A quick guide to the `umask` command, used to set the default permissions of files
When you create a file, you don’t have to decide permissions up front. Permissions have defaults.
Those defaults can be controlled and modified using the
umask with no arguments will show you the current umask, in this case
0022 mean? That’s an octal value that represent the permissions.
Another common value is
umask -S to see a human-readable notation:
In this case, the user (
u), owner of the file, has read, write and execution permissions on files.
Other users belonging to the same group (
g) have read and execution permission, same as all the other users (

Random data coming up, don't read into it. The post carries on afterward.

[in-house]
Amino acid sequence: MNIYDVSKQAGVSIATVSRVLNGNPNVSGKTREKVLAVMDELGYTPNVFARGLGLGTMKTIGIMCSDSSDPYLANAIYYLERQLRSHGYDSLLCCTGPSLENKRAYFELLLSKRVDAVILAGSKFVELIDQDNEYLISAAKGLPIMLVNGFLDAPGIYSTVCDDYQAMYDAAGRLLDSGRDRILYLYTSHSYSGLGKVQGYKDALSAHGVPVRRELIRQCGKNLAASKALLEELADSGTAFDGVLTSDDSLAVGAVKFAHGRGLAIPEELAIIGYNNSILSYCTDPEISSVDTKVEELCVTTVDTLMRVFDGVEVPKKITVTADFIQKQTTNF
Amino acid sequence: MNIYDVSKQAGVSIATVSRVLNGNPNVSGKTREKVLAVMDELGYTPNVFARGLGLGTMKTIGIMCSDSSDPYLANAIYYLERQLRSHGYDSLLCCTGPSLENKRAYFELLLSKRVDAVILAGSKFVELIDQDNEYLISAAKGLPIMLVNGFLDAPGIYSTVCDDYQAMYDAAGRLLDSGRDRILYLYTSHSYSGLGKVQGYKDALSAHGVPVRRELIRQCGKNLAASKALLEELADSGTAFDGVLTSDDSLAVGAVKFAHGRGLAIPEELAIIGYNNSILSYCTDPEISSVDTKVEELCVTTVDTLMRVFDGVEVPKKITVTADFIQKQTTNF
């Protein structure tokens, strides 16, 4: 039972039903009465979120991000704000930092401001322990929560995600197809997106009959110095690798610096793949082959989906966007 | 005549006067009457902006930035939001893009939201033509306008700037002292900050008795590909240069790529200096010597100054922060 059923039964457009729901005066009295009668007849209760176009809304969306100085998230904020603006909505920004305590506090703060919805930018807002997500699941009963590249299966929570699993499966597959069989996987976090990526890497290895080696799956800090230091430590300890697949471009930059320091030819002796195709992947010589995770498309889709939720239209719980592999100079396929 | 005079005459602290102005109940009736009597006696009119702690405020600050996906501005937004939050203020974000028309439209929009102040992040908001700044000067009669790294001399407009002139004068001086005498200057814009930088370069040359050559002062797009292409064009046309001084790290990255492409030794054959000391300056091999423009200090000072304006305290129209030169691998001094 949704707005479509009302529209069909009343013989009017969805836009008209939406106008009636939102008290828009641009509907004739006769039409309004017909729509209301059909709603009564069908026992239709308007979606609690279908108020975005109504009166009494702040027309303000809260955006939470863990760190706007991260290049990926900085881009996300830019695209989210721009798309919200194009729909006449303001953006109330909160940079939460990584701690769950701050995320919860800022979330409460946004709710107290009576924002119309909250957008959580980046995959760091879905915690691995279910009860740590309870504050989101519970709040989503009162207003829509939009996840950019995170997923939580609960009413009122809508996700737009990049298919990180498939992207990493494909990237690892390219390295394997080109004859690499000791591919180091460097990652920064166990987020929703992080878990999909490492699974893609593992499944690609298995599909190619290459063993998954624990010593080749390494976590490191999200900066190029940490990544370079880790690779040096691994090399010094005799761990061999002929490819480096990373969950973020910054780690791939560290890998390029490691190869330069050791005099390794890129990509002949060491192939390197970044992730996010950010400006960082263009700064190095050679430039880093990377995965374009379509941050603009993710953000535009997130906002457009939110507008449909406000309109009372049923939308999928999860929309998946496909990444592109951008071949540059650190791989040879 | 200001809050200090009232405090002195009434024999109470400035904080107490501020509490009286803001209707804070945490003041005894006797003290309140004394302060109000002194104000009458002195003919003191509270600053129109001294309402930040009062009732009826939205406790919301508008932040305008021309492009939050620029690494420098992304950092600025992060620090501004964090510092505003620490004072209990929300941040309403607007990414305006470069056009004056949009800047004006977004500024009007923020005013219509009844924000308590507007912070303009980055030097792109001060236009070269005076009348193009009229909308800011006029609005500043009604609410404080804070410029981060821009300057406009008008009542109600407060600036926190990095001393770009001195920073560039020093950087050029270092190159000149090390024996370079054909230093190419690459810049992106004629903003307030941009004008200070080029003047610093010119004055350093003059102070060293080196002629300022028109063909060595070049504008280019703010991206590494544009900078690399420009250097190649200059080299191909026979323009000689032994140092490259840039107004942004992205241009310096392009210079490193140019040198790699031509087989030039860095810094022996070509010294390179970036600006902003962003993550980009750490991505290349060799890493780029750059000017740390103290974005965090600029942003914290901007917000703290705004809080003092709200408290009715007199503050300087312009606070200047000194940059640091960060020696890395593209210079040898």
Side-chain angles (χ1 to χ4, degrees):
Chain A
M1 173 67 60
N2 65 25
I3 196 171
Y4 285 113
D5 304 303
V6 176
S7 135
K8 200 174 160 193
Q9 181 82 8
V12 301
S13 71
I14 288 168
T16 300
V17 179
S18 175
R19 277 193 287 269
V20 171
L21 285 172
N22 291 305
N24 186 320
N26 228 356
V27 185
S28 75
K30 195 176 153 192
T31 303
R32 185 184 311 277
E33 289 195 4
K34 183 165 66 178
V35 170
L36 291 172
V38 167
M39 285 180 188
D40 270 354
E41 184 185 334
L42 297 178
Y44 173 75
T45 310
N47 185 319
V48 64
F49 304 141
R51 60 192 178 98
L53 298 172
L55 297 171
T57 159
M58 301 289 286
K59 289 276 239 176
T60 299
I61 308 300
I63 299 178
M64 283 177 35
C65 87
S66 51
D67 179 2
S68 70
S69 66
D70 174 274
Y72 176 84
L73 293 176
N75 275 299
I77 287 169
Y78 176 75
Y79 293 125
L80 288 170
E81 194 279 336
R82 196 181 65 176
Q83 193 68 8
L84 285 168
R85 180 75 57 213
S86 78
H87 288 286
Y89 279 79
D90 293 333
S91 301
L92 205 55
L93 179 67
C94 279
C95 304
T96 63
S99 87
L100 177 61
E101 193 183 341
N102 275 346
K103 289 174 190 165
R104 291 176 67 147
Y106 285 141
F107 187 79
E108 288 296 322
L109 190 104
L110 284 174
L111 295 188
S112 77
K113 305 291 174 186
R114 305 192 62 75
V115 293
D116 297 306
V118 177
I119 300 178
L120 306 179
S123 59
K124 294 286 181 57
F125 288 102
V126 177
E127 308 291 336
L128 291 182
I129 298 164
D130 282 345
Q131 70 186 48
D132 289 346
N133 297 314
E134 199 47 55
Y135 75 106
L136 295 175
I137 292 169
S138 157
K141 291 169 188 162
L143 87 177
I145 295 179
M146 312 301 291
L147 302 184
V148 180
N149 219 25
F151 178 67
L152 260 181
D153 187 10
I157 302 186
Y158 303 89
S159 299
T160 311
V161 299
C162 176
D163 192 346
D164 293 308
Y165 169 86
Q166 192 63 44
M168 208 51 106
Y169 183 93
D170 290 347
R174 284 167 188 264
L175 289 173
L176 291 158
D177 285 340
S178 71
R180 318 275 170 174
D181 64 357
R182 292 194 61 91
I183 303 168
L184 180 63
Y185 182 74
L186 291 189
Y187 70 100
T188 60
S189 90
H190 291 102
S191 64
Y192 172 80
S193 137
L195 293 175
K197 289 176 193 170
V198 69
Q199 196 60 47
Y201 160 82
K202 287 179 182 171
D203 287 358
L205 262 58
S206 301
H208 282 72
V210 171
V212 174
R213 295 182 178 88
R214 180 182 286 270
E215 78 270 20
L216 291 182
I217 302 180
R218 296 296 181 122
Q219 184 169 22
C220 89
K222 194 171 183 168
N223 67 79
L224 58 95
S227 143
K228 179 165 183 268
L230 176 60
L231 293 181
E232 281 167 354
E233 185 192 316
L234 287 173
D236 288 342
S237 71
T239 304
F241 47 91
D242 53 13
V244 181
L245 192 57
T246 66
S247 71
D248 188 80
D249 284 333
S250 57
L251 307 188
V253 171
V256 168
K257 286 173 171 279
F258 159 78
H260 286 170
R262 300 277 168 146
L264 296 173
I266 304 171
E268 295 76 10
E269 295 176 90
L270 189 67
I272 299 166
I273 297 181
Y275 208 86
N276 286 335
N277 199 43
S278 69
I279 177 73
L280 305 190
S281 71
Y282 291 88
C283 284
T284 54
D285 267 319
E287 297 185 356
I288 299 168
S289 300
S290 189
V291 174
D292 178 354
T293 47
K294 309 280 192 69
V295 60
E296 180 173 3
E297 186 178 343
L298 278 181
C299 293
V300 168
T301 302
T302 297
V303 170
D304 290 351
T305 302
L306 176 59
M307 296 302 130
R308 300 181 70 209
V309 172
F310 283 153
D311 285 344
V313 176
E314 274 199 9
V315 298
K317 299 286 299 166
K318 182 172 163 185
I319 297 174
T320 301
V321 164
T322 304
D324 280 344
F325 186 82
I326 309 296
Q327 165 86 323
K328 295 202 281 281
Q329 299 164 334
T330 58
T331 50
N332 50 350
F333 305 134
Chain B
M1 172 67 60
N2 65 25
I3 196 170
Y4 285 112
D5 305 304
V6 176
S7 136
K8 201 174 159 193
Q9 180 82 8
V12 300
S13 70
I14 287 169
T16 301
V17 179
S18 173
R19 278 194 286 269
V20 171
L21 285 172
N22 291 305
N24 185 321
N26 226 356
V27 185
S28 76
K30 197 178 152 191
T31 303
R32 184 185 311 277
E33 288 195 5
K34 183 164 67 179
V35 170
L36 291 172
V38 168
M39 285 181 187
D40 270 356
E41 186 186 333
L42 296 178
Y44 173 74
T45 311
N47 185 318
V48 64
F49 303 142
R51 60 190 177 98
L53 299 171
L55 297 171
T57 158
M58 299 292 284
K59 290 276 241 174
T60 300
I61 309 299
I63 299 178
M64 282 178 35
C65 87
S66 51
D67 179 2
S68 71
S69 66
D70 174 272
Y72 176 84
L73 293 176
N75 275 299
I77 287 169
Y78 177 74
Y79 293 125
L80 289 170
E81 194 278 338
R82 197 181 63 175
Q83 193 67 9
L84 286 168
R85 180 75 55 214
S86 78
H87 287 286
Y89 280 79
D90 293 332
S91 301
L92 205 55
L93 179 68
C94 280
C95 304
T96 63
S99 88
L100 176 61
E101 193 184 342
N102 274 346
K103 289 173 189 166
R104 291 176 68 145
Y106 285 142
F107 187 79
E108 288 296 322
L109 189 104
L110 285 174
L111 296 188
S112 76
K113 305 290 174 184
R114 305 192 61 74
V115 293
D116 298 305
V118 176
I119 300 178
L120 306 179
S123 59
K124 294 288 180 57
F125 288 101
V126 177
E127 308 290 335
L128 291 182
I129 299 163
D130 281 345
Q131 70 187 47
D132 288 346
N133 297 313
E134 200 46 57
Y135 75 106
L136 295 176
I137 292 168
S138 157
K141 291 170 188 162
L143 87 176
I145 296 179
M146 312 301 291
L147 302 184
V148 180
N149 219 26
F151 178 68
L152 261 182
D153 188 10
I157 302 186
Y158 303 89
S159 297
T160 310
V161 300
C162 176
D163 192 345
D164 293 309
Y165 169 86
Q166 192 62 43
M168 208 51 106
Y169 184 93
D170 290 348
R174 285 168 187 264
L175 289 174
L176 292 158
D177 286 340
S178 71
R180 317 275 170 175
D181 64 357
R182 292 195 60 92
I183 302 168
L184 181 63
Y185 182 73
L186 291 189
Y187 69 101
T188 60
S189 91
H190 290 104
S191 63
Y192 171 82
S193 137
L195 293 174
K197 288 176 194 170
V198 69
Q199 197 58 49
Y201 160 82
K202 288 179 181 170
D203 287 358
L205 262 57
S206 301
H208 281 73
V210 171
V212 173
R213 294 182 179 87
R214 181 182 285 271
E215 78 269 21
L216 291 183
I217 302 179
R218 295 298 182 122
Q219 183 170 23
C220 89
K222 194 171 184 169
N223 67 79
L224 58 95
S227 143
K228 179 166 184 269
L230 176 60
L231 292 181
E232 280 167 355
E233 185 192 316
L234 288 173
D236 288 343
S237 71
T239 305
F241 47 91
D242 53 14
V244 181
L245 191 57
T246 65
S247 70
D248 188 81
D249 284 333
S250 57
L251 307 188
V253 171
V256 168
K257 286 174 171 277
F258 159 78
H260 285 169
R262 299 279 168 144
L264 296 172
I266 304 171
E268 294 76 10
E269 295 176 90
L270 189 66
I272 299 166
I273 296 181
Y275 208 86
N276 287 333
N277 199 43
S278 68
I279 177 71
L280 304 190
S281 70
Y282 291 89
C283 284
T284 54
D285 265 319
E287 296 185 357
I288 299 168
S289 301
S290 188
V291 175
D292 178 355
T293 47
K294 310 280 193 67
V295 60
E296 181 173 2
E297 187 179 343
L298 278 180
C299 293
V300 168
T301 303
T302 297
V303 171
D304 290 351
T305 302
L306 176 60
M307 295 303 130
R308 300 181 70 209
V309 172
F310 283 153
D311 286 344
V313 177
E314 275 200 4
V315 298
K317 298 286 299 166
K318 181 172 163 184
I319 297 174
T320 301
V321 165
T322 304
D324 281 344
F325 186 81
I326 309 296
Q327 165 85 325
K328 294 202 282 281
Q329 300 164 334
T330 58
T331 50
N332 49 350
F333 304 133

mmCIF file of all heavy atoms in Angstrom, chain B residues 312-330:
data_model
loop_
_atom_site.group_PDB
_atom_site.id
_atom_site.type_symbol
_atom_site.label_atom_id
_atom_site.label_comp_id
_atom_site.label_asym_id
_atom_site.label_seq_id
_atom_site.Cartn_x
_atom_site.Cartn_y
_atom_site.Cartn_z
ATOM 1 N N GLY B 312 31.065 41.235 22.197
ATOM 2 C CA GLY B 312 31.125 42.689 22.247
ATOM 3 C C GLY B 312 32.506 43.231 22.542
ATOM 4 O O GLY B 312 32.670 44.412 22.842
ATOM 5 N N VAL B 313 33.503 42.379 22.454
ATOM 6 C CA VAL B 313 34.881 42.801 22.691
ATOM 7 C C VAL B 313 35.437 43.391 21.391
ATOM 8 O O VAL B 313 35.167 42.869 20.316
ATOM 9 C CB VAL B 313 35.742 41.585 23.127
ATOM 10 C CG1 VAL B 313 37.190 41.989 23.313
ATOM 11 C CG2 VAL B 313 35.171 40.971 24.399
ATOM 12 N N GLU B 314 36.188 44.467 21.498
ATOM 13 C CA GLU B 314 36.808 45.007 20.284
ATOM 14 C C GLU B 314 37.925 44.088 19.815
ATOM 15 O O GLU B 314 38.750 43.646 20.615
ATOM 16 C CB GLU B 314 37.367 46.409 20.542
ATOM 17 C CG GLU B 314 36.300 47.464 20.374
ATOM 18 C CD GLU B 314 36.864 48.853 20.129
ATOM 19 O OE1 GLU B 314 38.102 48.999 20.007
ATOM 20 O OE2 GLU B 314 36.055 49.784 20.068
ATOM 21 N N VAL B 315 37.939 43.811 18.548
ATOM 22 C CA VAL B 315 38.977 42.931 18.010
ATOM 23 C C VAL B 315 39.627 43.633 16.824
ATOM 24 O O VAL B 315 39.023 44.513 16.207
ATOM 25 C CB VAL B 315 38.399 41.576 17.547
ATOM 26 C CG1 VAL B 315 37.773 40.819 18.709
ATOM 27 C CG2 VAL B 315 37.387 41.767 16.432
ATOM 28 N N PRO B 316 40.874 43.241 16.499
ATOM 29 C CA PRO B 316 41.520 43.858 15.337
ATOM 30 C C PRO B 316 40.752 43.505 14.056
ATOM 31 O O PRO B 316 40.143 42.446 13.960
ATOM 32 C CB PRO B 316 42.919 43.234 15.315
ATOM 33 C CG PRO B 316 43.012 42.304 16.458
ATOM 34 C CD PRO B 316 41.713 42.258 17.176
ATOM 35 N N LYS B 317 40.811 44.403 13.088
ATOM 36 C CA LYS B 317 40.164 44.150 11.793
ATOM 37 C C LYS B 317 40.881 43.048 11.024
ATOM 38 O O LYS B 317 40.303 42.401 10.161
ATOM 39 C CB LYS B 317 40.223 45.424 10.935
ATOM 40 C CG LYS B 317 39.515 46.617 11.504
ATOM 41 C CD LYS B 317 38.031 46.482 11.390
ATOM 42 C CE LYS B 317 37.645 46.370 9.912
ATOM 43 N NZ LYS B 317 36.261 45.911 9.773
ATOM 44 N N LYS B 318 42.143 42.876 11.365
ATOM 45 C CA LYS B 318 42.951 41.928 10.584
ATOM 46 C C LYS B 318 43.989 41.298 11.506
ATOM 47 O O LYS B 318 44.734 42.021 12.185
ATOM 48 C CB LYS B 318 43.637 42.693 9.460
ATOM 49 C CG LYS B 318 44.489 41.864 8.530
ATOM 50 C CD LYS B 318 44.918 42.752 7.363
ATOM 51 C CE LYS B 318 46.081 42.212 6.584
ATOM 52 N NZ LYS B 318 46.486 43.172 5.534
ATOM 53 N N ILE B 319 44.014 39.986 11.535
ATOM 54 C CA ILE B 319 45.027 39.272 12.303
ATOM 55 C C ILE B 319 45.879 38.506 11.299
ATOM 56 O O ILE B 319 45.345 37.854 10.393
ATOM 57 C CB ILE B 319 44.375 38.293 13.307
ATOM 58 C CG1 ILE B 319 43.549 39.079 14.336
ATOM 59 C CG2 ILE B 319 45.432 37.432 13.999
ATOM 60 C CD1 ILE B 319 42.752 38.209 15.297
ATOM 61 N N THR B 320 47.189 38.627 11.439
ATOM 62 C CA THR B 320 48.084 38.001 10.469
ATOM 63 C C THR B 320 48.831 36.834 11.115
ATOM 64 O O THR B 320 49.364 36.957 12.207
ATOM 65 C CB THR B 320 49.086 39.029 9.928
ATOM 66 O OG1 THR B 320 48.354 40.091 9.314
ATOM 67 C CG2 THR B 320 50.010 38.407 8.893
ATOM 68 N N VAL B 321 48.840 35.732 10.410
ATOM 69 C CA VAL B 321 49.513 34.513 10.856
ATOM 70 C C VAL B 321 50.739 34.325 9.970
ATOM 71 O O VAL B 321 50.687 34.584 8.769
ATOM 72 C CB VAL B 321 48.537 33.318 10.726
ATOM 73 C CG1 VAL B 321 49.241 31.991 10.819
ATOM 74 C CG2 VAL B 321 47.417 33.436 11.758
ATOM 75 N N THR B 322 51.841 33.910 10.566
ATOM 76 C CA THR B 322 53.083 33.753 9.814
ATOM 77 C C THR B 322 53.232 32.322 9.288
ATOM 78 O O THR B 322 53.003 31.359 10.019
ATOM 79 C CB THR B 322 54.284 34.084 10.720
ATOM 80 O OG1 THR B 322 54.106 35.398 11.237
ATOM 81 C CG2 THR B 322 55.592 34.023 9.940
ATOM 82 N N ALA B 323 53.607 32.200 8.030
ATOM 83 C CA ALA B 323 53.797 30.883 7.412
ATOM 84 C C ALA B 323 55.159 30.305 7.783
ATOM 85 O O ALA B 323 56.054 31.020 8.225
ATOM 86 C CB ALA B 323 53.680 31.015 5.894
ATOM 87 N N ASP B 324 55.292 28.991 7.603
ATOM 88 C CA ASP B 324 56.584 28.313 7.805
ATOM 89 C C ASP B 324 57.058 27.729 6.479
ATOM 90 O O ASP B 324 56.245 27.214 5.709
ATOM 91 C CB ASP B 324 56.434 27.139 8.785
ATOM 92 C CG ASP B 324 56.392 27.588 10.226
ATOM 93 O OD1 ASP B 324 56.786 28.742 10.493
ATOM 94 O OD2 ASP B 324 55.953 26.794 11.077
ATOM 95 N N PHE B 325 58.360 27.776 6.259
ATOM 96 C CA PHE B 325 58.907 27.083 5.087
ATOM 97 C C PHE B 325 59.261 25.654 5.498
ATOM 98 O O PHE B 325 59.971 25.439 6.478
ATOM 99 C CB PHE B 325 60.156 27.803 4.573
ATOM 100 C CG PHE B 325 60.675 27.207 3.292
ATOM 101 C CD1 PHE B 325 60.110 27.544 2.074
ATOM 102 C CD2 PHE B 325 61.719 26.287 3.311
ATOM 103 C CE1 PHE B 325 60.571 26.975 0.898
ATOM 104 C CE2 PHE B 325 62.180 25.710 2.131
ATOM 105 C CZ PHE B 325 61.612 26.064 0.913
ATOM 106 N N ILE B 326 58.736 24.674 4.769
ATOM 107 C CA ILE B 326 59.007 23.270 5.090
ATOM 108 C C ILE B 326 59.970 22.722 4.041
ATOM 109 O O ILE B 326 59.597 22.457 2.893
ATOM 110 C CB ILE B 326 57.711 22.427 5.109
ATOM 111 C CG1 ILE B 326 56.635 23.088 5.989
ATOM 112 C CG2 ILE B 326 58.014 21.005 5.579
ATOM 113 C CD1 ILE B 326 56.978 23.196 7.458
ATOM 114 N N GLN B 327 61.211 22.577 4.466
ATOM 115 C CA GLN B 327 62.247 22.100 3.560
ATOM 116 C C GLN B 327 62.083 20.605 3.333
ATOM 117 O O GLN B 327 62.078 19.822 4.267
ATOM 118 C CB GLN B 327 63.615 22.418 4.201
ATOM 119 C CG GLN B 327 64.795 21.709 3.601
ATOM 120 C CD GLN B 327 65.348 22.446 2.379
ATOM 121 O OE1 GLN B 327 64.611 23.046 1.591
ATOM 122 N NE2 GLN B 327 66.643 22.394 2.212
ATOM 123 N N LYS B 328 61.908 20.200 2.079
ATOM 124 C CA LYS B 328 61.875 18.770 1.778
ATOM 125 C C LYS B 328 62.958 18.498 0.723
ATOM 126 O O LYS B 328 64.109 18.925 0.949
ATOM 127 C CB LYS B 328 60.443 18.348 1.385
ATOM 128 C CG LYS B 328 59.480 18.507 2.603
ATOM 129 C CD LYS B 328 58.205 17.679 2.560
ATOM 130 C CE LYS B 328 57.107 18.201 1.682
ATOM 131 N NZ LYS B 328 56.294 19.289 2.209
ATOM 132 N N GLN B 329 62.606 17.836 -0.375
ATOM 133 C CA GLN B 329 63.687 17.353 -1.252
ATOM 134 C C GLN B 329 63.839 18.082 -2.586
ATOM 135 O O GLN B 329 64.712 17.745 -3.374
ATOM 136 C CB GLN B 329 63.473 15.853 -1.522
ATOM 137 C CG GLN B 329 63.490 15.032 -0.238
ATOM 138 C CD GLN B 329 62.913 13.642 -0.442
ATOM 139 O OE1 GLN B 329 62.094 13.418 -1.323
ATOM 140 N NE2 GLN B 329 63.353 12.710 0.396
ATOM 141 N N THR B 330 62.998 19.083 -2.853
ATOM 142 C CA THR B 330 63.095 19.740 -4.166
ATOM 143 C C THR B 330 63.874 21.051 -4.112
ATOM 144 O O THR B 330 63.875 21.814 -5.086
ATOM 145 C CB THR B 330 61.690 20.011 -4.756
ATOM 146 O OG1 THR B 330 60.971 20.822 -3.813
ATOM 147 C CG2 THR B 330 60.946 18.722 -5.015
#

In the numeric notation, we typically change the last 3 digits.
Here’s a list that gives a meaning to the number:
0read, write, execute
1read and write
2read and execute
4write and execute
Note that this numeric notation differs from the one we use in
We can set a new value for the mask setting the value in numeric format:
or you can change a specific role’s permission:
umaskcommand works on Linux, macOS, WSL, and anywhere you have a UNIX environment